Craig S and Helfrich L. 2009. Understanding Fish Nutrition, Feeds, and Feeding. Cooperative Extension Service.

Publication 420–256. Website: http://pubs.ext.vt.edu/420–256/ Davies R H. 1991. Cyanogens. D’Mello F P J, Duffus C M, Duffus J H.(Eds.), Toxic Substances in Crop Plants. The Royal Society of Chemistry, Thomas Graham House, Science Park, Cambridge CB44WF, Cambridge, pp. 202–25.

Delbert M. Gatlin III. 2010. Principles of Fish Nutrition. Southern Regional Aquaculture Center. SRAC Publication No. 5003.

De Silva S S and Anderson T A. 1995. Fish Nutrition in Aquaculture. 1st edn. Chapman and Hall, 2–6, Boundry Row, London, SE 1 8HN, UK.

FAO. 2013. Aquaculture Feed and Fertilizer Resource Atlas of the Philippines. Food and Agriculture organization of the United Nations.

Folch J, Lees M and Stanley G H S. 1957. A simple method for the isolation and purification of total lipids from animal tissues. Journal of Biological Chemistry 226: 497–509. DOI: https://doi.org/10.1016/S0021-9258(18)64849-5

Francis G, Harinder P S and Makkar K B. 2001. Anti nutritional factors present in plant-derived alternate fish feed ingredients and their effects in fish. Aquaculture 199: 197–227. DOI: https://doi.org/10.1016/S0044-8486(01)00526-9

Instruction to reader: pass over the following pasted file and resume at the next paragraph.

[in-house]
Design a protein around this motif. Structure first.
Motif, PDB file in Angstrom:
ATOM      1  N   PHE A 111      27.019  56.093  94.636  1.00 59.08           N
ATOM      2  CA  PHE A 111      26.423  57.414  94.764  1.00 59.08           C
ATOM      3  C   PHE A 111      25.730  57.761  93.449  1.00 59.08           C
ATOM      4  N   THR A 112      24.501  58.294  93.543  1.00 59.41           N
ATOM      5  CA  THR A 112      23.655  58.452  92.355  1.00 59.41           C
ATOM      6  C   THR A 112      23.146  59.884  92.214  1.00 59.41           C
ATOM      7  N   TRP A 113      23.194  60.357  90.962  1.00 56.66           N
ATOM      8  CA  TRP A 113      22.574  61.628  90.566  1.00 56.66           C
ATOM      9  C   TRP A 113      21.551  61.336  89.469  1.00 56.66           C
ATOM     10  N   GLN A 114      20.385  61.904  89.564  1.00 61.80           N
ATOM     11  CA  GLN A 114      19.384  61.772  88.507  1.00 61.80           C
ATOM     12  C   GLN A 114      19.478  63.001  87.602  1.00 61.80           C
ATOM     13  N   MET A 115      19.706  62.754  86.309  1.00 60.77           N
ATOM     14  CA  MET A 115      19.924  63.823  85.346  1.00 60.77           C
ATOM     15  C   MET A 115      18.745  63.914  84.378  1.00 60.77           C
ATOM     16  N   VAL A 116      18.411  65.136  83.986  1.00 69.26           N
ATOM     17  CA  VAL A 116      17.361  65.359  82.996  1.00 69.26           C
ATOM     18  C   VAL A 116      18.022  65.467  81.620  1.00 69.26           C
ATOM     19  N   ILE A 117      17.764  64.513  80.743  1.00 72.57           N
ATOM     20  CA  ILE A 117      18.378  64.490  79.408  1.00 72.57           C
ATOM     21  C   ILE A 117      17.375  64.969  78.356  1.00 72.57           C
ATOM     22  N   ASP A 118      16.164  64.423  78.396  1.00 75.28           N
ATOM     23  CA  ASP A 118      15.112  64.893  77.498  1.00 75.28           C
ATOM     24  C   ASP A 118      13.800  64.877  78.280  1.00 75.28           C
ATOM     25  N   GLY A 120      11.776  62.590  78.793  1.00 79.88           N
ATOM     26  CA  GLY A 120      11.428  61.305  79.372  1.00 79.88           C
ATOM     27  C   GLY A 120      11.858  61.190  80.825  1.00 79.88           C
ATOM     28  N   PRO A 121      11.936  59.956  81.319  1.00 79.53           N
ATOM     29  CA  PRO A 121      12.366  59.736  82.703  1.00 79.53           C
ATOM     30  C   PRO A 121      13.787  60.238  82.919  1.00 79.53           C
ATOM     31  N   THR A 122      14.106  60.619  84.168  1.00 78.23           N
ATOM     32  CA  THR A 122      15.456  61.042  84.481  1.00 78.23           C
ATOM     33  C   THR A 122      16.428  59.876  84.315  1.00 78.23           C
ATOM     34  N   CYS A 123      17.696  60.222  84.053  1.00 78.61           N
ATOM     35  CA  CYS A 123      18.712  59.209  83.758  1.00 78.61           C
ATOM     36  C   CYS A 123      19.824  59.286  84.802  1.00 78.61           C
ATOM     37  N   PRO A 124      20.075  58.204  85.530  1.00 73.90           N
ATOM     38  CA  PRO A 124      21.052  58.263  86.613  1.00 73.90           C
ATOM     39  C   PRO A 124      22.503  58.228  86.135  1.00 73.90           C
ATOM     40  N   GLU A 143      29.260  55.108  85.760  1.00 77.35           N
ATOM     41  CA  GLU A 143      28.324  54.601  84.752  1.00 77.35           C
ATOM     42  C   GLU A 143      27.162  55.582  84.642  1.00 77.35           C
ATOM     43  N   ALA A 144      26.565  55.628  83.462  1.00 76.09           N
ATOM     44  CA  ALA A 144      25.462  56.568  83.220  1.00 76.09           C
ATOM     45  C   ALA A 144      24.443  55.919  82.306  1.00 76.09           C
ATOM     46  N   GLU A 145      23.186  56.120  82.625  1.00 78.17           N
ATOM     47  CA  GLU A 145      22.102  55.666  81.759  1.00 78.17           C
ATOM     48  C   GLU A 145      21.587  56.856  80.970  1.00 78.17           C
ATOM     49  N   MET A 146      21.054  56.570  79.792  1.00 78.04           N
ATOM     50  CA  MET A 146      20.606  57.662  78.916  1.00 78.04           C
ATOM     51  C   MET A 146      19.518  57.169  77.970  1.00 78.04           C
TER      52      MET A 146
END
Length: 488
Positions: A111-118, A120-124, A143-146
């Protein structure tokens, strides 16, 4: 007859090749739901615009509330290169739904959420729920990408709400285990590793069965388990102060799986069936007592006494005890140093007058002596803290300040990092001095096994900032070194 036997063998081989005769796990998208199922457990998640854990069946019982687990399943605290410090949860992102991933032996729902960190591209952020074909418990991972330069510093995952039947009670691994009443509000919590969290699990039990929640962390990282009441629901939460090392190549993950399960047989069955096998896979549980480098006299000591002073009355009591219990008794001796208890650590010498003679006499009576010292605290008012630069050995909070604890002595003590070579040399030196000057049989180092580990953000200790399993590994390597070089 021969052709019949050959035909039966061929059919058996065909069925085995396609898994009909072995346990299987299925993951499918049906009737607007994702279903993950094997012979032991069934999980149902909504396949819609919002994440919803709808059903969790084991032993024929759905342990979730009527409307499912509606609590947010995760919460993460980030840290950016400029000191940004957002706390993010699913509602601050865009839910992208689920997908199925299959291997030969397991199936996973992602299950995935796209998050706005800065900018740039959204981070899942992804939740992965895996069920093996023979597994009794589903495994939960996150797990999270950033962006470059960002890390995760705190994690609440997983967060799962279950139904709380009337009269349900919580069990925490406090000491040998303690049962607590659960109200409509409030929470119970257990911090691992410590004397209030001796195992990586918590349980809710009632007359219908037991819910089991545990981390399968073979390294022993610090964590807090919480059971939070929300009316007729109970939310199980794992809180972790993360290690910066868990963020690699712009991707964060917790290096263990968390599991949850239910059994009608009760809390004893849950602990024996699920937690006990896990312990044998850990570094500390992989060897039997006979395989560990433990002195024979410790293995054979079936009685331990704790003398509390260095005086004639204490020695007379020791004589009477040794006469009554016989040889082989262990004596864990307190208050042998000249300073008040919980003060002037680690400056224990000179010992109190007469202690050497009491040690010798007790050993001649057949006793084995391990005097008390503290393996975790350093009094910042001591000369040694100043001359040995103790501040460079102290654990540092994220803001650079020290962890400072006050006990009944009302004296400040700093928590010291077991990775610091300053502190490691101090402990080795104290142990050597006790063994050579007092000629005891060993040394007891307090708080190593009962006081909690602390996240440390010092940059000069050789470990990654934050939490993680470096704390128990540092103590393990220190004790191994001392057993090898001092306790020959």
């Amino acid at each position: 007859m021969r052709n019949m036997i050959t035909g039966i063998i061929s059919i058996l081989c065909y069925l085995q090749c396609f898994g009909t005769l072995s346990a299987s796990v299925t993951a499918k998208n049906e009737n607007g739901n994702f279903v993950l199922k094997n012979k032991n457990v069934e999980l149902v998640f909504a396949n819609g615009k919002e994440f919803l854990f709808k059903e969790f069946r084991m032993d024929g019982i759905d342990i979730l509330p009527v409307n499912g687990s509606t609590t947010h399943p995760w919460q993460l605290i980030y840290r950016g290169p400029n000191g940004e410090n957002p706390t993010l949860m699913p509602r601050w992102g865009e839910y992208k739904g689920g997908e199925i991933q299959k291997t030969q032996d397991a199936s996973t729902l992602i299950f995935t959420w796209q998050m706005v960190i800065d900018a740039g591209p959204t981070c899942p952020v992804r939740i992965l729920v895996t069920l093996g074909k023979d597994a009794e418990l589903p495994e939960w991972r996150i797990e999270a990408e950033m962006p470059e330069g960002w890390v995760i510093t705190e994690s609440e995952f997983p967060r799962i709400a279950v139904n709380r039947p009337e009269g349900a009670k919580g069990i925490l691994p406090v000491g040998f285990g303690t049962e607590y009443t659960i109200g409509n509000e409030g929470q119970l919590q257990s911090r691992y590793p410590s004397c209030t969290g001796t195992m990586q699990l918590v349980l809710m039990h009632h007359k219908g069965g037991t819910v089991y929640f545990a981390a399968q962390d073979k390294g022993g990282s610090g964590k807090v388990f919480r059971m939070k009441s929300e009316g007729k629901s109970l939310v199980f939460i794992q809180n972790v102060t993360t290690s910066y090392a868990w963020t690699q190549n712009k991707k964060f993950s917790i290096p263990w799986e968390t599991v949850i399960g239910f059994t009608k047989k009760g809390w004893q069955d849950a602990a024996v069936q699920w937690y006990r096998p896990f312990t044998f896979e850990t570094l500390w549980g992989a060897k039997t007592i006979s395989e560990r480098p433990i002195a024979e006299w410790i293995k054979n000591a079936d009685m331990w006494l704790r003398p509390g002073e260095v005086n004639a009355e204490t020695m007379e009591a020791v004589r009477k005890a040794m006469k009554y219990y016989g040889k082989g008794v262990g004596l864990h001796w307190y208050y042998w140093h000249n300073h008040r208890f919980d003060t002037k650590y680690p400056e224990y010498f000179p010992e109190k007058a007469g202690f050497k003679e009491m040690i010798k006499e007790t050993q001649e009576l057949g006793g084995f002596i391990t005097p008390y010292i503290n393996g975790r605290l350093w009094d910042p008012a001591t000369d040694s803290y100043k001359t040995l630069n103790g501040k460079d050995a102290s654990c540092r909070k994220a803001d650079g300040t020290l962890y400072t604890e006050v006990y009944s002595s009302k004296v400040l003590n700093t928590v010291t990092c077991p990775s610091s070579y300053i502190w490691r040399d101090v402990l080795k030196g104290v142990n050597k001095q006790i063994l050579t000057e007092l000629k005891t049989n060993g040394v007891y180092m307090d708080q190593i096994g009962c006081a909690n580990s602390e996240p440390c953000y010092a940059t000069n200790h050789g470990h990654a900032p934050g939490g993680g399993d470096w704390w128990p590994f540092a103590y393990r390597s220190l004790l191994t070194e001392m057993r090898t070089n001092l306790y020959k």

Jeffery G H, Bassett J, Mendham J and Denney R C. 1989. Vogel’s text book of Quantitative Analysis. 5th edn. New York, U.S.A.

Lucas G M and Markakas P. 1975. Phytic acid and other phosphorous compounds of bean (Phaseolus vulgaris). Journal of Agriculture Education Chemistry 23: 13–15. DOI: https://doi.org/10.1021/jf60197a016

Mahamud N A, Minar M H, Hasan M D R and Hossain M B. 2012. Proximate composition of fish feed ingredients available in Lakshmipur region, Bangladesh. American-Eurasian Journal of Agriculture & Environmental Science 12 (5): 556– 60.

Maisarah A M, Asmah R and Fauziah O. 2014. Proximate analysis, antioxidant and antiproliferative activities of different parts of Carica Papaya. Journal of Nutrition and Food Sciences 4 (2).

Makkar H P S, Blümmel M, Borowy N K and Becker K. 1993. Gravimetric determination of tannins and their correlations with chemical and protein precipitation methods. Journal of Science Food Agriculture 61: 161–65. DOI: https://doi.org/10.1002/jsfa.2740610205

Munguti J, Liti D, Waidbacher H, Straif M and Zollitsch W. 2006. Proximate composition of selected potential feedstuffs for Nile tilapia (Oreochromis niloticus Linnaeus) production in Kenya, Die Bodenkultur, 57. Band, Heft 1–4, 2006.